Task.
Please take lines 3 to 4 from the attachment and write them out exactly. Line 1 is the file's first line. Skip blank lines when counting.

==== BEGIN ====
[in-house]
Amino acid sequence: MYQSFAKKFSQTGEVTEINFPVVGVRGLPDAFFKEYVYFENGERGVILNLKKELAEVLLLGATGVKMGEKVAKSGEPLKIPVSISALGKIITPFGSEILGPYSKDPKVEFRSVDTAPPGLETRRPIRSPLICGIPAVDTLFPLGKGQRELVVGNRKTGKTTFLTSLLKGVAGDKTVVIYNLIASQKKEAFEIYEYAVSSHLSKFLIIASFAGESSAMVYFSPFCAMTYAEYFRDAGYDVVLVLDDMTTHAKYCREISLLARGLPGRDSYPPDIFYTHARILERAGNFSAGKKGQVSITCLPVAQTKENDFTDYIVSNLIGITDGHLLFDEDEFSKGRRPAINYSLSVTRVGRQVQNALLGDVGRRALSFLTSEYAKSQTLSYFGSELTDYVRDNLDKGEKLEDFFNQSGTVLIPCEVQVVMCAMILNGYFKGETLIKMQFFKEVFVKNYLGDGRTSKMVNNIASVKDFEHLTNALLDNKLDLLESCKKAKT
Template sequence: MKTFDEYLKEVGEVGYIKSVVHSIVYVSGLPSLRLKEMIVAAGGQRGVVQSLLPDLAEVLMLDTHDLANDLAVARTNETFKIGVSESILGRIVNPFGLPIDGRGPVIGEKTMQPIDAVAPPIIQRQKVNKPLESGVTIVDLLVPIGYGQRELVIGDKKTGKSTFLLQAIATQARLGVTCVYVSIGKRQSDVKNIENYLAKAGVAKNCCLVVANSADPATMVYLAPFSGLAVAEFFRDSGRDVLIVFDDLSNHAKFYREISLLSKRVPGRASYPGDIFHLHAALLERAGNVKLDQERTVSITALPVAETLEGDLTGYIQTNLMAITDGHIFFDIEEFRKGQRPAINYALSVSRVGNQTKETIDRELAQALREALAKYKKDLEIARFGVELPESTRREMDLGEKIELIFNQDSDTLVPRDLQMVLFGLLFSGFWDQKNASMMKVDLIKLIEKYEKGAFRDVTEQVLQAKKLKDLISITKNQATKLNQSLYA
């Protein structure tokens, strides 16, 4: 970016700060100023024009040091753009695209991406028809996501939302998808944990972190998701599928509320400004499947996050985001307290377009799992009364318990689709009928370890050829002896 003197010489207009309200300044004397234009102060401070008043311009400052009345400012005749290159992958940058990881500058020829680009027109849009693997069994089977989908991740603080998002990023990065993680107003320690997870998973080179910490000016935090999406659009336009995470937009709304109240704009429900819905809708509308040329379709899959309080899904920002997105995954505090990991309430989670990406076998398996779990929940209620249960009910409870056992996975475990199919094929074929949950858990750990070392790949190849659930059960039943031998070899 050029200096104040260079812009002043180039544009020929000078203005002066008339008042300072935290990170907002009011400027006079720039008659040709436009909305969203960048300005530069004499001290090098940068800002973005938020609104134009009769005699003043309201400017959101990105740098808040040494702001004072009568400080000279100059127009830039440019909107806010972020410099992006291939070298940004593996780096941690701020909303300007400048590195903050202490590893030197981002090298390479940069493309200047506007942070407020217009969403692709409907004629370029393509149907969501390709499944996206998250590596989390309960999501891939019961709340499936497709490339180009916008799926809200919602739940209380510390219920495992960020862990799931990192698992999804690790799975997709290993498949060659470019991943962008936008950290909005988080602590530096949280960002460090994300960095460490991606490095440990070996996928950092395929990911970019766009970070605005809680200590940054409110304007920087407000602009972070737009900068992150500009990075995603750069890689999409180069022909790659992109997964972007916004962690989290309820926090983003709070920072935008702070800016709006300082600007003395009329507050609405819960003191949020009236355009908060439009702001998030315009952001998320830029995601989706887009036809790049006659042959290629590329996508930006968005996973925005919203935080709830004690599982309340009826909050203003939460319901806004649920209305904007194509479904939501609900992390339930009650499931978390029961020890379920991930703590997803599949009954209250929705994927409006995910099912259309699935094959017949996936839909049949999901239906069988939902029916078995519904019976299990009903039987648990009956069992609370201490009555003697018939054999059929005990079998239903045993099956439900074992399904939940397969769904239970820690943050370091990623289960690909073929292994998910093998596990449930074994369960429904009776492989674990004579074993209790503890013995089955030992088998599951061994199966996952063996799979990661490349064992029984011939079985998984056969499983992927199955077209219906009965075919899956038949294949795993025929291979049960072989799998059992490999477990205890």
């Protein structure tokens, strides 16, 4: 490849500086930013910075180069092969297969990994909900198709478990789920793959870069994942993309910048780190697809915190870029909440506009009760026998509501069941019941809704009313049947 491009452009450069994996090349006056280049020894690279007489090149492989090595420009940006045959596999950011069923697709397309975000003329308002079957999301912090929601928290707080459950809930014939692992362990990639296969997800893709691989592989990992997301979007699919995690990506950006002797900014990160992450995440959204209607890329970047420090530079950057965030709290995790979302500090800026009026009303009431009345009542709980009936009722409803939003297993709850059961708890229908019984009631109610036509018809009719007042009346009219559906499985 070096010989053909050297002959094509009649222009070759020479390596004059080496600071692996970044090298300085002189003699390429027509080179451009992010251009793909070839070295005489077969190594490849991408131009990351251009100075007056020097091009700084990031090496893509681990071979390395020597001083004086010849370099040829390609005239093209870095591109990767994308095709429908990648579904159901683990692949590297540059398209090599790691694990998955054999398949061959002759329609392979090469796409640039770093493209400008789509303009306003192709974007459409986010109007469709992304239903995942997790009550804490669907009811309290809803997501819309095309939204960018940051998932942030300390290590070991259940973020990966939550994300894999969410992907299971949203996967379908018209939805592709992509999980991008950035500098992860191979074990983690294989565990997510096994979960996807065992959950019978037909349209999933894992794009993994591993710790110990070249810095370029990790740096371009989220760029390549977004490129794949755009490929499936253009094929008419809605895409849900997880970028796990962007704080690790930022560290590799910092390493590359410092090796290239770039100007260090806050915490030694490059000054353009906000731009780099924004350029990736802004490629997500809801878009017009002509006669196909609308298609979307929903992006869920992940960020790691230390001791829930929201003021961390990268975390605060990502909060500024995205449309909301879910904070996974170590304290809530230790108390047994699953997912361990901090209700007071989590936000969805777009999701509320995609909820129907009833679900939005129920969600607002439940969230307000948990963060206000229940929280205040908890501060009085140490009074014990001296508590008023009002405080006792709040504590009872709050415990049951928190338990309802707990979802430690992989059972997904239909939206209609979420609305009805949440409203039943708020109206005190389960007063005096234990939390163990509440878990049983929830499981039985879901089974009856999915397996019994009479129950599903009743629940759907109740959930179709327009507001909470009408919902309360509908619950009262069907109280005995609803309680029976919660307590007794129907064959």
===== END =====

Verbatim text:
Template sequence: MKTFDEYLKEVGEVGYIKSVVHSIVYVSGLPSLRLKEMIVAAGGQRGVVQSLLPDLAEVLMLDTHDLANDLAVARTNETFKIGVSESILGRIVNPFGLPIDGRGPVIGEKTMQPIDAVAPPIIQRQKVNKPLESGVTIVDLLVPIGYGQRELVIGDKKTGKSTFLLQAIATQARLGVTCVYVSIGKRQSDVKNIENYLAKAGVAKNCCLVVANSADPATMVYLAPFSGLAVAEFFRDSGRDVLIVFDDLSNHAKFYREISLLSKRVPGRASYPGDIFHLHAALLERAGNVKLDQERTVSITALPVAETLEGDLTGYIQTNLMAITDGHIFFDIEEFRKGQRPAINYALSVSRVGNQTKETIDRELAQALREALAKYKKDLEIARFGVELPESTRREMDLGEKIELIFNQDSDTLVPRDLQMVLFGLLFSGFWDQKNASMMKVDLIKLIEKYEKGAFRDVTEQVLQAKKLKDLISITKNQATKLNQSLYA
């Protein structure tokens, strides 16, 4: 970016700060100023024009040091753009695209991406028809996501939302998808944990972190998701599928509320400004499947996050985001307290377009799992009364318990689709009928370890050829002896 003197010489207009309200300044004397234009102060401070008043311009400052009345400012005749290159992958940058990881500058020829680009027109849009693997069994089977989908991740603080998002990023990065993680107003320690997870998973080179910490000016935090999406659009336009995470937009709304109240704009429900819905809708509308040329379709899959309080899904920002997105995954505090990991309430989670990406076998398996779990929940209620249960009910409870056992996975475990199919094929074929949950858990750990070392790949190849659930059960039943031998070899 050029200096104040260079812009002043180039544009020929000078203005002066008339008042300072935290990170907002009011400027006079720039008659040709436009909305969203960048300005530069004499001290090098940068800002973005938020609104134009009769005699003043309201400017959101990105740098808040040494702001004072009568400080000279100059127009830039440019909107806010972020410099992006291939070298940004593996780096941690701020909303300007400048590195903050202490590893030197981002090298390479940069493309200047506007942070407020217009969403692709409907004629370029393509149907969501390709499944996206998250590596989390309960999501891939019961709340499936497709490339180009916008799926809200919602739940209380510390219920495992960020862990799931990192698992999804690790799975997709290993498949060659470019991943962008936008950290909005988080602590530096949280960002460090994300960095460490991606490095440990070996996928950092395929990911970019766009970070605005809680200590940054409110304007920087407000602009972070737009900068992150500009990075995603750069890689999409180069022909790659992109997964972007916004962690989290309820926090983003709070920072935008702070800016709006300082600007003395009329507050609405819960003191949020009236355009908060439009702001998030315009952001998320830029995601989706887009036809790049006659042959290629590329996508930006968005996973925005919203935080709830004690599982309340009826909050203003939460319901806004649920209305904007194509479904939501609900992390339930009650499931978390029961020890379920991930703590997803599949009954209250929705994927409006995910099912259309699935094959017949996936839909049949999901239906069988939902029916078995519904019976299990009903039987648990009956069992609370201490009555003697018939054999059929005990079998239903045993099956439900074992399904939940397969769904239970820690943050370091990623289960690909073929292994998910093998596990449930074994369960429904009776492989674990004579074993209790503890013995089955030992088998599951061994199966996952063996799979990661490349064992029984011939079985998984056969499983992927199955077209219906009965075919899956038949294949795993025929291979049960072989799998059992490999477990205890």